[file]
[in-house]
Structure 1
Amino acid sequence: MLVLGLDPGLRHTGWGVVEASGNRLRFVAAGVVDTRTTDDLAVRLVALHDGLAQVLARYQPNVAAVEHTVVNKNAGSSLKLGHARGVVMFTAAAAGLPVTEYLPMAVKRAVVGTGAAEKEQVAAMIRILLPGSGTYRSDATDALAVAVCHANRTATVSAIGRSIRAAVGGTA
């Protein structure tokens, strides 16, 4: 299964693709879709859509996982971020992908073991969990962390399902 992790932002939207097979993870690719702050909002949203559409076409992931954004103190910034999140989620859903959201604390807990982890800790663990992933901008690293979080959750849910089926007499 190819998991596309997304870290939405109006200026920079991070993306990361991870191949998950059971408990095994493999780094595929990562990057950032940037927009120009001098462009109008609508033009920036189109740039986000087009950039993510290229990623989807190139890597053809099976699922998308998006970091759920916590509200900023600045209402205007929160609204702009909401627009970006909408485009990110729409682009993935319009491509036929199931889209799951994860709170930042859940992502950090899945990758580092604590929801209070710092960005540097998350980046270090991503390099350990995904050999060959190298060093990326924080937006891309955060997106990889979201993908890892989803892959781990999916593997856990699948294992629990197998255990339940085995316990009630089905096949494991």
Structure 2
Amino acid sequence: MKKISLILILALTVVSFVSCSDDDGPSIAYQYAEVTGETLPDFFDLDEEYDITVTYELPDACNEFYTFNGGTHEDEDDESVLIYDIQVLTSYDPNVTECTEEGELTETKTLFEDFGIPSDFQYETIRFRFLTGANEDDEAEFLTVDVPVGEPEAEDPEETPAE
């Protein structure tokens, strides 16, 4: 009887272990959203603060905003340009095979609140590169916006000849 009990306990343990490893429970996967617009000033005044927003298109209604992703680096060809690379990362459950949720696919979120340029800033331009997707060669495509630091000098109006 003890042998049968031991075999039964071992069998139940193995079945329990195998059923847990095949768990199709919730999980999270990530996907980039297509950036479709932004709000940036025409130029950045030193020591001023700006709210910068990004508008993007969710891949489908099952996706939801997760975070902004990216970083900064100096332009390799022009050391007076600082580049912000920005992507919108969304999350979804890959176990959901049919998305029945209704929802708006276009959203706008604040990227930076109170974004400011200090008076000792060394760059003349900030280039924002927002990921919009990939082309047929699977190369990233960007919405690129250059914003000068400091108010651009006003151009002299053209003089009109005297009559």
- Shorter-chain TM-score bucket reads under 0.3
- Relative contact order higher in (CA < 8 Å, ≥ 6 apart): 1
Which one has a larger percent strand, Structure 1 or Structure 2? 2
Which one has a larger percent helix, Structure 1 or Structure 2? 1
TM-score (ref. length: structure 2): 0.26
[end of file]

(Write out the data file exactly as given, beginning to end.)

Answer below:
[in-house]
Structure 1
Amino acid sequence: MLVLGLDPGLRHTGWGVVEASGNRLRFVAAGVVDTRTTDDLAVRLVALHDGLAQVLARYQPNVAAVEHTVVNKNAGSSLKLGHARGVVMFTAAAAGLPVTEYLPMAVKRAVVGTGAAEKEQVAAMIRILLPGSGTYRSDATDALAVAVCHANRTATVSAIGRSIRAAVGGTA
């Protein structure tokens, strides 16, 4: 299964693709879709859509996982971020992908073991969990962390399902 992790932002939207097979993870690719702050909002949203559409076409992931954004103190910034999140989620859903959201604390807990982890800790663990992933901008690293979080959750849910089926007499 190819998991596309997304870290939405109006200026920079991070993306990361991870191949998950059971408990095994493999780094595929990562990057950032940037927009120009001098462009109008609508033009920036189109740039986000087009950039993510290229990623989807190139890597053809099976699922998308998006970091759920916590509200900023600045209402205007929160609204702009909401627009970006909408485009990110729409682009993935319009491509036929199931889209799951994860709170930042859940992502950090899945990758580092604590929801209070710092960005540097998350980046270090991503390099350990995904050999060959190298060093990326924080937006891309955060997106990889979201993908890892989803892959781990999916593997856990699948294992629990197998255990339940085995316990009630089905096949494991």
Structure 2
Amino acid sequence: MKKISLILILALTVVSFVSCSDDDGPSIAYQYAEVTGETLPDFFDLDEEYDITVTYELPDACNEFYTFNGGTHEDEDDESVLIYDIQVLTSYDPNVTECTEEGELTETKTLFEDFGIPSDFQYETIRFRFLTGANEDDEAEFLTVDVPVGEPEAEDPEETPAE
């Protein structure tokens, strides 16, 4: 009887272990959203603060905003340009095979609140590169916006000849 009990306990343990490893429970996967617009000033005044927003298109209604992703680096060809690379990362459950949720696919979120340029800033331009997707060669495509630091000098109006 003890042998049968031991075999039964071992069998139940193995079945329990195998059923847990095949768990199709919730999980999270990530996907980039297509950036479709932004709000940036025409130029950045030193020591001023700006709210910068990004508008993007969710891949489908099952996706939801997760975070902004990216970083900064100096332009390799022009050391007076600082580049912000920005992507919108969304999350979804890959176990959901049919998305029945209704929802708006276009959203706008604040990227930076109170974004400011200090008076000792060394760059003349900030280039924002927002990921919009990939082309047929699977190369990233960007919405690129250059914003000068400091108010651009006003151009002299053209003089009109005297009559």
- Shorter-chain TM-score bucket reads under 0.3
- Relative contact order higher in (CA < 8 Å, ≥ 6 apart): 1
Which one has a larger percent strand, Structure 1 or Structure 2? 2
Which one has a larger percent helix, Structure 1 or Structure 2? 1
TM-score (ref. length: structure 2): 0.26